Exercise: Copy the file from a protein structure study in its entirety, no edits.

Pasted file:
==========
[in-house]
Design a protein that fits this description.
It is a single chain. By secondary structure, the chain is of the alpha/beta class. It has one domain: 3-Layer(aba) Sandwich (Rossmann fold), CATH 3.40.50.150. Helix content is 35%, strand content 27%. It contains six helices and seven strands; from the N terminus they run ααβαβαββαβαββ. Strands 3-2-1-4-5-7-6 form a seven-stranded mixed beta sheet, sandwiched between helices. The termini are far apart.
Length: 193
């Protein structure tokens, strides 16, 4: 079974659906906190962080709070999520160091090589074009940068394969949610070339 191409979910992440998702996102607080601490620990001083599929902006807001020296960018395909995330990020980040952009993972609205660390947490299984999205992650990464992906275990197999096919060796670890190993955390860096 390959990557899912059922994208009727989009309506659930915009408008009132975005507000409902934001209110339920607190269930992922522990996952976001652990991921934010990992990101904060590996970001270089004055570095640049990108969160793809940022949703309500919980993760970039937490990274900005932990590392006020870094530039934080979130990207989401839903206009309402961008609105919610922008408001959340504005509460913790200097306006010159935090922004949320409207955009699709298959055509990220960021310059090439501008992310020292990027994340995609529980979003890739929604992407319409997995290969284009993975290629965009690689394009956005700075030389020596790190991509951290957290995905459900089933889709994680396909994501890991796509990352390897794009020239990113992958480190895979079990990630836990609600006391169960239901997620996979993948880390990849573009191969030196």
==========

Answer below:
[in-house]
Design a protein that fits this description.
It is a single chain. By secondary structure, the chain is of the alpha/beta class. It has one domain: 3-Layer(aba) Sandwich (Rossmann fold), CATH 3.40.50.150. Helix content is 35%, strand content 27%. It contains six helices and seven strands; from the N terminus they run ααβαβαββαβαββ. Strands 3-2-1-4-5-7-6 form a seven-stranded mixed beta sheet, sandwiched between helices. The termini are far apart.
Length: 193
């Protein structure tokens, strides 16, 4: 079974659906906190962080709070999520160091090589074009940068394969949610070339 191409979910992440998702996102607080601490620990001083599929902006807001020296960018395909995330990020980040952009993972609205660390947490299984999205992650990464992906275990197999096919060796670890190993955390860096 390959990557899912059922994208009727989009309506659930915009408008009132975005507000409902934001209110339920607190269930992922522990996952976001652990991921934010990992990101904060590996970001270089004055570095640049990108969160793809940022949703309500919980993760970039937490990274900005932990590392006020870094530039934080979130990207989401839903206009309402961008609105919610922008408001959340504005509460913790200097306006010159935090922004949320409207955009699709298959055509990220960021310059090439501008992310020292990027994340995609529980979003890739929604992407319409997995290969284009993975290629965009690689394009956005700075030389020596790190991509951290957290995905459900089933889709994680396909994501890991796509990352390897794009020239990113992958480190895979079990990630836990609600006391169960239901997620996979993948880390990849573009191969030196």